“Where’s Sam?” Mia asked.
“He has a friend who lives next door to us that he doesn’t get to see all that often,” Tara said. “So he’s hanging out with him and having dinner at his house tonight.”
“How fun for him.”
“Yes. He hates to lose any time with Nathan, but he does enjoy playing with Dexter.”
“I’m a novelty,” Nathan said. “An hour or so with me and then he’d much rather hang out with kids his own age.”
“I’m sure most of us would prefer to hang out with kids our own age,” Tara said. “Though I do enjoy seeing both of you.”
“Ditto,” Mia said. “How’s the business, Tara?”
“Great. I was telling Nathan earlier we’ve outgrown our space, so we’re going to shop for a bigger location and hire a couple of new consultants.”
“That’s incredible. Congratulations.”
The waitress brought their drinks, so they paused in conversation. “Thank you,” Tara said. “I’m very excited. More importantly, how’s your new business?”
“It’s wonderful. I was so nervous—still am, actually. But we’ve picked up several clients already, have a few more that we’re presenting to. Everything is running smoothly so far.”
Tara nodded. “I know what that’s like. My business took off right away, too. We almost had too much business at first. Which wasn’t a bad thing, just a little overwhelming.”
“Yes. Overwhelmed. That’s exactly how I feel. But in a good way.”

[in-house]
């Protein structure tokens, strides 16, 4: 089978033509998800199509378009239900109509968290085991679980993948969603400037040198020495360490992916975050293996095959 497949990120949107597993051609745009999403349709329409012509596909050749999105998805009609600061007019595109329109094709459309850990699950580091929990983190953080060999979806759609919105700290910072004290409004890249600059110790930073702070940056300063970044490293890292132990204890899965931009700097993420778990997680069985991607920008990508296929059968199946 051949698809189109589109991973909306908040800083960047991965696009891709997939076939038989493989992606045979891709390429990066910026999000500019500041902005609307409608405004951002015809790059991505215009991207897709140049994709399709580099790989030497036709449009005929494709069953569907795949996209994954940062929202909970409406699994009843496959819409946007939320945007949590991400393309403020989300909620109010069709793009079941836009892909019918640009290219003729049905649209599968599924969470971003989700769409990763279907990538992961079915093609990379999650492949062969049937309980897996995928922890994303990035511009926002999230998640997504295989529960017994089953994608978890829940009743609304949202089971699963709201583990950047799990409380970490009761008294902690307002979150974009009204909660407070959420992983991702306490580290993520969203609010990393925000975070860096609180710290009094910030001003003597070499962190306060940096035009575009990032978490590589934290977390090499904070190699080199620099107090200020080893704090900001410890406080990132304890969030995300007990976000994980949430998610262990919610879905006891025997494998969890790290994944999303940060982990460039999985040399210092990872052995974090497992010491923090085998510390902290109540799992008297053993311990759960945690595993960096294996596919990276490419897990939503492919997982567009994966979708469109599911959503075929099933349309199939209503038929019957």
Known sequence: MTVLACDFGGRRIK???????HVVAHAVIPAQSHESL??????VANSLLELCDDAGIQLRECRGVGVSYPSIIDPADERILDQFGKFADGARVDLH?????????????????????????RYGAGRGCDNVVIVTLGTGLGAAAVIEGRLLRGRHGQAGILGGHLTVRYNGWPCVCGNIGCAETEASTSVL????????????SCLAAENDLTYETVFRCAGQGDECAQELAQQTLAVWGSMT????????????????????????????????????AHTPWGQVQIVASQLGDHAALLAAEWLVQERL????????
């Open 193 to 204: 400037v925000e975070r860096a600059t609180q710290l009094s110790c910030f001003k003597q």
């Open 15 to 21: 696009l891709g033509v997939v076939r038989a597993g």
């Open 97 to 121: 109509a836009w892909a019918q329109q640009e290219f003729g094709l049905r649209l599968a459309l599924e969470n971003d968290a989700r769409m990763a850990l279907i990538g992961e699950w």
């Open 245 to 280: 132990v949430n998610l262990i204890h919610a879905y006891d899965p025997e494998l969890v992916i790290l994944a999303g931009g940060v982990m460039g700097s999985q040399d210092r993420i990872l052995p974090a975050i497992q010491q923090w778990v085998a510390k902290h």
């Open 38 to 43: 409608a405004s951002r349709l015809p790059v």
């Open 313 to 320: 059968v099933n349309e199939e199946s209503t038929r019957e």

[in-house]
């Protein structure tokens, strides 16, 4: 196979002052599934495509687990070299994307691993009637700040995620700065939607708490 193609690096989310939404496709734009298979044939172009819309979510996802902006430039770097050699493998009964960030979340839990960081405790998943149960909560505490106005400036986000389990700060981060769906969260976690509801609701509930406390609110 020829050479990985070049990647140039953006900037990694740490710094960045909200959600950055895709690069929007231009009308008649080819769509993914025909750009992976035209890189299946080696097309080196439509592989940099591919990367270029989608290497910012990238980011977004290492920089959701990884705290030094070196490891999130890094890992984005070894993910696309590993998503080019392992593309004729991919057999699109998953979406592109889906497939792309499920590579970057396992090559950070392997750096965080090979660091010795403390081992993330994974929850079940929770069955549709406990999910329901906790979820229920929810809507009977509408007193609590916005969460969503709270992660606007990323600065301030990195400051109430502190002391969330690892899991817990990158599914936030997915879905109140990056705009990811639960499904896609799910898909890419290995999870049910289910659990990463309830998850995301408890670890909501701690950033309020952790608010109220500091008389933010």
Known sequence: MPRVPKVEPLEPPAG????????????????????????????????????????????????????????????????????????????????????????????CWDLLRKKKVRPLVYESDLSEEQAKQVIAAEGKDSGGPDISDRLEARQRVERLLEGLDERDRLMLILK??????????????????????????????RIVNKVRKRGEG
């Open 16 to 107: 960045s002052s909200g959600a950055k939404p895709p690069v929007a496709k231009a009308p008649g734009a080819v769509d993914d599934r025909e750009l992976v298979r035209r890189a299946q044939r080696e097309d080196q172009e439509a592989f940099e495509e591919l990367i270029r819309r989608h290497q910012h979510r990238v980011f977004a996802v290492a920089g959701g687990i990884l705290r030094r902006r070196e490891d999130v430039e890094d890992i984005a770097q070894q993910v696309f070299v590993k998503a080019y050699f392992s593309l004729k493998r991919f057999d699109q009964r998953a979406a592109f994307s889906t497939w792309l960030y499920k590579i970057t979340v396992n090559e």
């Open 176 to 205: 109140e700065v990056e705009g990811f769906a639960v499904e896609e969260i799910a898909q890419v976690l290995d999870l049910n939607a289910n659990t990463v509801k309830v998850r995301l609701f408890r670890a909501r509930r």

“It’s because you know what you’re doing,” Nathan said. “You have a solid team, and people know that. They trust you.”
She sighed, then smiled at Nathan. “Thanks for your faith in me.”
“Why aren’t you with Mia’s company?” Mick asked.
Nathan paused mid drink. “I don’t know. We’ve talked about it. It almost feels like a conflict of interest because Mia and I are—”
Mia waited, hoping like hell Nathan said the right thing.
She exhaled. That was the right thing to say. They were more than that, maybe. Maybe not. After last weekend she felt more confused than ever. They hadn’t laid down the ground rules since last weekend, because she’d been slammed with work and they hadn’t had a minute to talk to each other. Hopefully soon they could have some clarification.
“Of course you’re friends,” Tara said. “But friendship is one thing and business is another.”
Mick took a sip of his soda, then leaned back in his chair. “Yeah, I can see how you wouldn’t want to muddy those waters, though. Something goes wrong with the business side of things—” He paused to look at Mia. “And I’m not saying they would, but if it did, it could end your friendship.”
“Exactly,” Nathan said. “And I wouldn’t want that to happen.”
“Neither would I.” Mia gave Nathan a pointed look. “Though I do think MHC is the best management company for Nathan. So I’m a bit torn, as you can tell.” She ended on a laugh.
“I might let MHC give me a presentation, hear them out and see if what they’re saying is worth the risk.” Nathan looked at his parents. “You’re both welcome to sit in on that if you’d like.”
Mick shook his head. “This is your career to manage as you see fit, Nathan. You don’t need your mother and I to hold your hand and walk you through it.”
“I agree,” Tara said. “Whatever you think is best for your long-term future is what you should do. Your dad and I will always be here if you want to bounce ideas off of us, but you’re an adult now. You make the decisions.”
“Thanks. I’ll think about it.”
Mia loved the confidence Nathan’s parents had in him. They reminded her so much of her own parents.
There was nothing like having people on your side who fully believed in you.